9. Dan Pink Dan Pink says:

    @alex — Bill mentions that in his book. In this very short blog post, he didn’t have the room to trace the genesis of the term.

  10. Dan,

    Thoughtful post! For innovative thinking, the point Bill makes in #3 is critical. Best practices analysis has its value but it is replication of existing practices. Everyone is following the same path, but the direction everyone is traveling is not being challenged. It is not a cure-all as you mentioned.

    Years ago, I had a boss who was a basic research scientist. He explained to me that many of the best scientific discoveries came unexpectedly through basic experimentation or through networking by scientists in very different disciplines. He explained that bringing skilled people together who worked in very different environments and letting them interact leads to novel discoveries. His explanation helped me to understand why academic freedom is so important to scientists. This also explains why Google and 3M give many of their employees freedom to experiment on different projects. Like the post-it note story it leads to unexpected success.

    The more we are able to “break our pattern” and “challenge assumptions” the more innovative we will become. For 2011, I have resolved to add two words to my vocabulary as a source for generating new ideas. In 2011, I am going to ask, “Why not,” more often and see what materializes.

    Great post!

    Regards,

    Robert

  11. It seems to me that #2 and #3 are very much interrelated. It’s much easier for someone outside the organization to look at the organization with fresh eyes, but I suppose that’s obvious. It’s a wonder as to why more organizations don’t hire people from neighboring fields as consultants (or independent contractors, if you wish) to work with them.

    This idea of cross-pollination in education and business seems to be the most meaningful and useful idea to me. There are people that are good at focusing on the micro and they are important to have on the team. On the flip side, it is equally (if not more) important to have people who are not directly involved with the minutia of the company (this includes CEOs or high-level management, as their day-to-day work still involves the company to a very large degree), so that they can see the company with fresh eyes. They can look at two departments and see that they both will function better if there was just this minor tweak between one part of something and BOOM! You’ve just increased your profits 2% because of something simple like that.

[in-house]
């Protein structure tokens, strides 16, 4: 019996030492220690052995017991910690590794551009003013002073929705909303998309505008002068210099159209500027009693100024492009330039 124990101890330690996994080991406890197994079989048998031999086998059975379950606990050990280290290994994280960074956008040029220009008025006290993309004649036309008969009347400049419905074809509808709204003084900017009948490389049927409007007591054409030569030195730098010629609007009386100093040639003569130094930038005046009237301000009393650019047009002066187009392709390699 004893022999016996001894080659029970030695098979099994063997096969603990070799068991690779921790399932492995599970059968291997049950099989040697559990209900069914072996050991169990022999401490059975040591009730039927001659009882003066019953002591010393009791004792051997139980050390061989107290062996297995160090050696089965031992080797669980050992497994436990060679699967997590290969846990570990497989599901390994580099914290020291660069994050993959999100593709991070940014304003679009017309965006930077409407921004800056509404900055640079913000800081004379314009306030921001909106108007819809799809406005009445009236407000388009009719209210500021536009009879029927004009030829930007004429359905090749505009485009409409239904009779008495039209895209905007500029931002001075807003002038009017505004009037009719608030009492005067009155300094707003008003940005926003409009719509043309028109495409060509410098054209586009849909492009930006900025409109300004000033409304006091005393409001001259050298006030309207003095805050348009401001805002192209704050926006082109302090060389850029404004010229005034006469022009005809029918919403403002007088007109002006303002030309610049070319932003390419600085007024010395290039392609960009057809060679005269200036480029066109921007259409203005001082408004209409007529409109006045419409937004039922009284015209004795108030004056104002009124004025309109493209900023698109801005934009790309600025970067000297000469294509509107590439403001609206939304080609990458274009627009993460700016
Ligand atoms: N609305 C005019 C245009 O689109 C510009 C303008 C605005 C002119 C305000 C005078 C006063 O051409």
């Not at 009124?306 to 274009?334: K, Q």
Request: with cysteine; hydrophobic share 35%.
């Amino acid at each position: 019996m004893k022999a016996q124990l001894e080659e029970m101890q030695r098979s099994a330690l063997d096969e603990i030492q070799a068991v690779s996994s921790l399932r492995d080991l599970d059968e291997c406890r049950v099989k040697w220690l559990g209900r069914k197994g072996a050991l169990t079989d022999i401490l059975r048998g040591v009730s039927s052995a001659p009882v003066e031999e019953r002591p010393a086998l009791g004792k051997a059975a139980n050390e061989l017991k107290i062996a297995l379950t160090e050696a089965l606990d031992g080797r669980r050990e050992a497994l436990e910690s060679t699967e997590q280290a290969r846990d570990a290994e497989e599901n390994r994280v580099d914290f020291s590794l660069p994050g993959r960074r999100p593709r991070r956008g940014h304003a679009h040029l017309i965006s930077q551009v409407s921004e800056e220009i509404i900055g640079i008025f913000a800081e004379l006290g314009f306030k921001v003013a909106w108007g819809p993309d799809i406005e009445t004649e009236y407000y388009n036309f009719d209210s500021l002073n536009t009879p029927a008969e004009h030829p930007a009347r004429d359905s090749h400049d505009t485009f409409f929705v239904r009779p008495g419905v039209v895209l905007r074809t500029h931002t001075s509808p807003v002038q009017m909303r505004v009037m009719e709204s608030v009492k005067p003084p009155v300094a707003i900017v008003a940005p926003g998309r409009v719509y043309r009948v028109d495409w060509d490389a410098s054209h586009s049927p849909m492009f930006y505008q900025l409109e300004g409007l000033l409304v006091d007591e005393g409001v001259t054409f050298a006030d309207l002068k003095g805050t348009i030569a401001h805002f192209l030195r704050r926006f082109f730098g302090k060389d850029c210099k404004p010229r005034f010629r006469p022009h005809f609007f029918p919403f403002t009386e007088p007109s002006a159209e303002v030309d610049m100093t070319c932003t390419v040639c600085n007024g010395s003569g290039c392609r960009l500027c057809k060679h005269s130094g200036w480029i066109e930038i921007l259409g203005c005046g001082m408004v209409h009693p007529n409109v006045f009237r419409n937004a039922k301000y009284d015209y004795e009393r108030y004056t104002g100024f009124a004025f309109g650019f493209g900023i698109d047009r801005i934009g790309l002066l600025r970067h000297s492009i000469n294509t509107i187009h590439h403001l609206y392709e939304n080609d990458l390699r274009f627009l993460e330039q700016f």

With Love and Gratitude,

    Jeremiah

  12. Ronald Janki says:

    Hi Dan, I like the third part of the resolutions “I resolve to look for new ideas in new places.” I agree that strategies and practices are only conduits that can lead us to meaningful creativity. We need to expand, bend, and reinvent these conduits to achieve creativity and the goal we are seeking.

  13. Elaine Fogel says:

    Love the line, “the middle of the road has become the road to nowhere.”
    That one’s a keeper! 🙂

  14. Rebecca Zimmerman says:

    I’m with Jared, I prefer the proper term (for number two), “jamais vu” ‘never seen.’ It is correct French and is also in use in psychology already. Why create a new term when one already exists?

  15. Akash Bhatia says:

    Nice post.

    #3 really resonates with me. Most consulting companies organize their practices around industry verticals (e.g. Financial Services, Manufacturing, Retail etc.) with their consultants expected to have deep domain knowledge in that vertical. This is important.

    However, the most interesting discussions always happen when cross industry experts are in engagements together. The biggest barrier to this is the way that P&L’s at most consulting companies are organized and the way that consultants are measured. Good food for thought on how the consulting organization of the future (2011?) should be structured.

    Thanks,

    Akash

  16. David Lapin says:

    Thanks for this, Daniel.
    Following piece from Lead By Greatness, see http://bit.ly/lTLKra:

    “Leaders of character are authentic. They know who they are and what the values and beliefs are that drive their choices. Their actions align with their values both in business and beyond as they courageously lead by their own greatness. Rather than imitating the “best practices” of others they set the bar for best practice, and leave their competitors striving to emulate them. They do not look over their shoulder at what their competitors are doing because that just places a cap on what they themselves could be doing.”

Leave a Reply